The Partial Will End
Love never ends. But as for prophecies, they will come to an end; as for tongues, they will cease; as for knowledge, it will come to an end. For we know only in part, and we prophesy only in part; but when the complete comes, the partial will come to an end. 1 Corinthians 13:8-10
For the past 16 weeks, Life Notes has focused on the 16 characteristics of love that Paul lists in the 13th chapter of 1 Corinthians. Like the annoying salespeople on television, however, “Wait, there’s more!” There is a concluding paragraph to this series, verses 8-13, that is worthy of attention, too. That paragraph begins with the line, “Love never ends.” The thought is then clarified with, “the partial will come to an end.”
Few, if any, of us have experienced love in a way that is consistent, unconditional, and life-long (or eternal). Even the best of friendships rub nerves raw at times. The best of marriages struggle through difficult times. Long-adored spouses pass on. The children who once imitated our every move grow into teenagers who often cannot tolerate having us anywhere near them. Does that mean the love we experienced ended? I do not believe so. I think it means the love we experienced was only experienced in part – a wonderful part, perhaps – but if love never ends, then love must encompass more than just the good and easy times. Nothing of the earth is always good or easy.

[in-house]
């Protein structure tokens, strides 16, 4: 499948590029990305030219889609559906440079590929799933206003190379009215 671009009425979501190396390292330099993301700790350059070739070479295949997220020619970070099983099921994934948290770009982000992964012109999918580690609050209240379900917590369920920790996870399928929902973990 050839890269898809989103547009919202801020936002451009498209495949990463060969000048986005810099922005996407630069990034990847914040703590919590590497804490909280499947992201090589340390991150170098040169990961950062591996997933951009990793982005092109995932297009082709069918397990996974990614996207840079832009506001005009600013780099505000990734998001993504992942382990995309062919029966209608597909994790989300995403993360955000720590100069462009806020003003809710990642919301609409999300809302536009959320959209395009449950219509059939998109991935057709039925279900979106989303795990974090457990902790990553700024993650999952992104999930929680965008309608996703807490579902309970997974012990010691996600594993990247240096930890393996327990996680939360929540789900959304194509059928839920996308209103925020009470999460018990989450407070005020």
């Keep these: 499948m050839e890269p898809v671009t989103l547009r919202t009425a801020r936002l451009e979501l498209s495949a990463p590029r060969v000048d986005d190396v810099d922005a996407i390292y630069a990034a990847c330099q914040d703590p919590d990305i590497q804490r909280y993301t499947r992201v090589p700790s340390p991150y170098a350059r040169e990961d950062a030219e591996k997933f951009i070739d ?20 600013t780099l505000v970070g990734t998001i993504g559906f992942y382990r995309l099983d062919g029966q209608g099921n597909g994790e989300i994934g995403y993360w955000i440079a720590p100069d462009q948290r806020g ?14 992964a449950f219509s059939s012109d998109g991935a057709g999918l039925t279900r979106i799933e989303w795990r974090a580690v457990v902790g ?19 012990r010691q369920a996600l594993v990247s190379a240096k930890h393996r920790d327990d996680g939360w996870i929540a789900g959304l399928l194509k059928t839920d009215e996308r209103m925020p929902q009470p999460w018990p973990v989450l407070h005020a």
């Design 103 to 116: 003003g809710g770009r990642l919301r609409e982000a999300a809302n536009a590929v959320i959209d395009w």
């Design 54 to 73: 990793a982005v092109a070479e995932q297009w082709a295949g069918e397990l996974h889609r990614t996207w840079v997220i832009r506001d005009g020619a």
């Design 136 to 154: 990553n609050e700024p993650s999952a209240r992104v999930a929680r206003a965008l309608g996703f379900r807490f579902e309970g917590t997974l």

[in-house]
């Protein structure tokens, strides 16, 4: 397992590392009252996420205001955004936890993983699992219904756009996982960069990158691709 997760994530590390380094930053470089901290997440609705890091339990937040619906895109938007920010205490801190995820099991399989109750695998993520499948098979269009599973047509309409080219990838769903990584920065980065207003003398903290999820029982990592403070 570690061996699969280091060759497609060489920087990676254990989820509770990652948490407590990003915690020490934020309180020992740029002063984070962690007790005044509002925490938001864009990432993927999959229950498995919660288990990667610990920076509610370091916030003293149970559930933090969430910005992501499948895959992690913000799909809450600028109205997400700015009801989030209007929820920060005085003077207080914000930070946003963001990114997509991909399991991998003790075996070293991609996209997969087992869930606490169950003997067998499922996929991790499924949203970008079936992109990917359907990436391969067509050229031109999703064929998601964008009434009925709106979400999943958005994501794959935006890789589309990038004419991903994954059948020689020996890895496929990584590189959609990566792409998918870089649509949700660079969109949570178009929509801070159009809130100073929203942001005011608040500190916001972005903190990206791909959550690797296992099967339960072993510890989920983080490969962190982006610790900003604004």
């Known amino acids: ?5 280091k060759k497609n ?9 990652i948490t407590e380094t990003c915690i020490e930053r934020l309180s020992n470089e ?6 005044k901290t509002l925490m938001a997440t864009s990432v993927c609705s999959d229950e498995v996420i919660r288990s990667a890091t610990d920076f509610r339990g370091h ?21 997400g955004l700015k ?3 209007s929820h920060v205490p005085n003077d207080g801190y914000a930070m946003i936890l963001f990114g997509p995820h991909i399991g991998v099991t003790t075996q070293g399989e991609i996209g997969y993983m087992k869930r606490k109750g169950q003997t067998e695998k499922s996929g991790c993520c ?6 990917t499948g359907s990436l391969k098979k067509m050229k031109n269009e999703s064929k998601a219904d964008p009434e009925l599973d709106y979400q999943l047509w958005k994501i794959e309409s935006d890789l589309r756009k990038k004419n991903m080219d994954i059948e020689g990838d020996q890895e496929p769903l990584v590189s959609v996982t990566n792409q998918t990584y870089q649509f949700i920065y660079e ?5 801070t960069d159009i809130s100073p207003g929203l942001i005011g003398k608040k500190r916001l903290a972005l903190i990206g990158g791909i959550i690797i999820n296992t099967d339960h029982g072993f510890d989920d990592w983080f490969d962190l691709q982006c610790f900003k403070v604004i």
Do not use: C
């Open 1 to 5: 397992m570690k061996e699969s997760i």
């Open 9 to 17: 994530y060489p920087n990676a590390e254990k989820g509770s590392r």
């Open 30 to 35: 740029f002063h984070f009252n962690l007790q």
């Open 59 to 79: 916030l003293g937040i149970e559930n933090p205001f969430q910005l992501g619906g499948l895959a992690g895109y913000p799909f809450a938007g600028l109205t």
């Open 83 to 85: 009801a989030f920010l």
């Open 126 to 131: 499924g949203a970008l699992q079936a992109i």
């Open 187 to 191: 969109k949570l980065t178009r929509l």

As has been noted elsewhere in this series, we tend to consider love too narrowly. If our understanding of love is of something we only experience with one other person, or a small group of people, then how can we begin to grasp the love of a God who loves everyone? If we reject the pain, frustration, and disappointment that accompanies the love, acceptance, and joy of relationships, we cannot expect love to endure. When we accept only in part, the whole will elude us. Our lives on earth are mired in paradox – light and dark, hot and cold, black and white, wet and dry, happy and sad. All are manifestations of the same reality, however, and we cannot know one side of that reality without also knowing the other. In fact, the two sides define each other, as in darkness is the absence of light.
Elie Wiesel writes, “the opposite of love is not hate, it is indifference.” Indifference is consumed by the presence of love just as darkness recedes in the presence of light. Even so, we appreciate love more by also knowing indifference. As light is not diminished by the number of people accessing it, so love includes and is sufficient for all in its presence. If our perception is that love has left us, the experience we called love did not reflect the fullness of love. When our boundaries for what love is are too narrow, love will end.
Let us make 2016 the year of love, as love was meant to be.